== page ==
Never order food in excess of your body weight. – Erma Bombeck
|Simple and quick.|
Believe it or not, this recipe has something in common with Henry’s dog treats from yesterday. The link? The parsley. Lots of parsley.
Henry’s birthday was yesterday and I made breath buster treats with parsley. The recipe required dried parsley but I purchased fresh flat-leaf. I couldn't pass up the price.
I was going to "pull a Martha” and dry my own parsley to use in the dog treats. Right…
At the end of the day I really didn’t have it in me to 1) make dinner, 2) dry parsley and then 3) make dog biscuits. So I opted for a quick stop at the bulk store to pick up some dried.
But that didn’t negate the fact I now had an excess of parsley that had to be dealt a mortal blow. And quickly. It only really lasts a day or two.
There’s no more sure way to kill a lot of something green than to make pesto. Making pesto takes a lot of whatever you use.
A traditional pesto is basil, garlic, pine nuts, olive oil and some salt an pepper. Enough basil to make pesto (about 2 bunches) is expensive in the off-season, as are pine nuts (always pricey).
If you switch out those two ingredients your possibilities really open up. Instead of basil, try parsley or cilantro. Instead of pine nuts use walnuts, cashews, Brazil nuts—any kind of fatty nut.
I threatened my spouse with dandelion pesto (at a later date) the night I made this. I think it would be really good with cashews or maybe pecans. It’s on the list for Spring. That way the green won’t cost me any “green.”
Making a meal with pesto-tossed pasta as the base is a quick and healthy meal. Even if you make your own pesto, it won’t take you 15 minutes. Then just toss together and top with whatever you want.
I like pairing with chicken, but shrimp or scallops are equally as good. You could also round the pasta for a meal out just by tossing with crumbled bacon. No need for anything else.
If you've never made your own pesto you should give do it at least once. Although not “strictly” traditional, Italian parsley is a nice way to introducing this easy sauce to your repertoire, without the traditional expensive ingredients!
Italian Parsley Pesto with Chicken
Prep: 15 min | Cook: 12 min | Serves 4
2 large chicken breasts, boneless, skinless
100g sun-dried tomato slices
1 bunch Italian flat-leaf parsley
4 garlic cloves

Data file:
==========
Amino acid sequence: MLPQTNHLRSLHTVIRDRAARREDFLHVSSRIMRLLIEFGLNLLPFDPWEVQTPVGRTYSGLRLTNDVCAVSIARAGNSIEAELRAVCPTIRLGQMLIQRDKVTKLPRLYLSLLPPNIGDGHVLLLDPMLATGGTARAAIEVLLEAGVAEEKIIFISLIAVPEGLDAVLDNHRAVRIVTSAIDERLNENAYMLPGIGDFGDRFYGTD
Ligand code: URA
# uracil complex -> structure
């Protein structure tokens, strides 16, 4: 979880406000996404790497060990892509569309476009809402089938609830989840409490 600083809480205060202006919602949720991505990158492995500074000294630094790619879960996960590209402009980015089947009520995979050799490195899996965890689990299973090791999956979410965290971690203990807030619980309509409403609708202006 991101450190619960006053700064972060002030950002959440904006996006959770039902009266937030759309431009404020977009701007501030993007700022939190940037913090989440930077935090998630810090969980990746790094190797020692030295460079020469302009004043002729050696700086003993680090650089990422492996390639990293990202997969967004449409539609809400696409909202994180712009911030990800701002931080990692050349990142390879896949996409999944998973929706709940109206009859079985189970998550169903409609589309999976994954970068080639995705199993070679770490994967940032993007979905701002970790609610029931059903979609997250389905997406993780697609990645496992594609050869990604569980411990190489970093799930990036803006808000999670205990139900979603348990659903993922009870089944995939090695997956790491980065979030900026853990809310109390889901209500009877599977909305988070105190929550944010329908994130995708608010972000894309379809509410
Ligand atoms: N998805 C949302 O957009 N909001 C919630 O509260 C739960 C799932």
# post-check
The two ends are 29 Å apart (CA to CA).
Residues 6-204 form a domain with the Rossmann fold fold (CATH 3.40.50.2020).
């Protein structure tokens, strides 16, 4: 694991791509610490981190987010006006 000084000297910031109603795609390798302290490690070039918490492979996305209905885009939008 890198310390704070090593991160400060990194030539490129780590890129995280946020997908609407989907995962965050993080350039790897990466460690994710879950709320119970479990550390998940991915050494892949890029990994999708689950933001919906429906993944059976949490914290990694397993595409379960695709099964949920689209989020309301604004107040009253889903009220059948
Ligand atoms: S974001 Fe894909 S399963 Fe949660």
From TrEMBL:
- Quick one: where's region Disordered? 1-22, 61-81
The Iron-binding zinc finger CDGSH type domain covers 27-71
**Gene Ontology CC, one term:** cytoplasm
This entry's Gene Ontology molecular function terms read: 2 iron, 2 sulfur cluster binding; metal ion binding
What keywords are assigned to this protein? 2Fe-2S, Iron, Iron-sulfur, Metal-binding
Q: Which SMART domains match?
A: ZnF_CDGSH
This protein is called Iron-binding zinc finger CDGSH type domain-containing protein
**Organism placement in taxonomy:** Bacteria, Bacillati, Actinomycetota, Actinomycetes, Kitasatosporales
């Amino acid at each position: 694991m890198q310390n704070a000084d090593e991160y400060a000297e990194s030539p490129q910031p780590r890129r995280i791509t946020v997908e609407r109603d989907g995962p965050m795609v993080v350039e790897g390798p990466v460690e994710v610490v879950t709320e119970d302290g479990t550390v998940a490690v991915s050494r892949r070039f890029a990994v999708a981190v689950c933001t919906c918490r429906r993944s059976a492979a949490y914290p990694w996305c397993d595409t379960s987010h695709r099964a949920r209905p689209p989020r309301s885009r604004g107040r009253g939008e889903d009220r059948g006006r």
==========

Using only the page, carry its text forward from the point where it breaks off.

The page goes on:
120 g walnut pieces
1/2 cup parmesan cheese
salt and cracked black pepper
|This pasta is not spinach. All the colour comes from the pesto.|
Bring a pot of water to a boil for the pasta. Reduce the heat to keep it hot while you make the pesto.
To make the pesto, wash and chop the full bunch of Italian parsley into 2” long pieces. Discard the stems. You should have about four cups.
Place the garlic and walnuts in a food processor. Pulse, and then add about 1/4 of the parsley. Turn on the motor and add enough olive oil through the spout to allow the mixture to move in the bowl.
Add more of the parsley and the a little oil, repeating until all the parsley is processed. The mixture should move in the bowl, but not be too liquid.
Add the cheese, some salt and lots of pepper and pulse to combine. Taste to make sure the sauce is salty enough. Adjust if desired. Set aside.
Pour a little oil in a frying pan with a lid. Sear the chicken on high until browned on both sides, about 1 minute per side.
Chop the sun-dried tomatoes into thin slices and scatter around the chicken. Add a little water and cover the pan with the lid. Reduce the heat to simmer and let cook for 10 minutes.
While the chicken steams, cook the pasta. Once the pasta is cooked (8-10 minutes), drain and toss with about 3/4 to 1 cup of the pesto. Refrigerate the other half of the pesto and use within 4-5 days.
Once the pasta is cooked and the chicken is steamed, remove the chicken to a cutting board and slice.
To serve, place some pasta on a plate, top with a few chicken slices and then some of the sun-dried tomatoes. Grate more parmesan on top if you wish.
If you like this post feel free to share it using any of the links. If you repost, please give me credit and a link back to this site. Questions? Comments? Derogatory remarks? Just ask.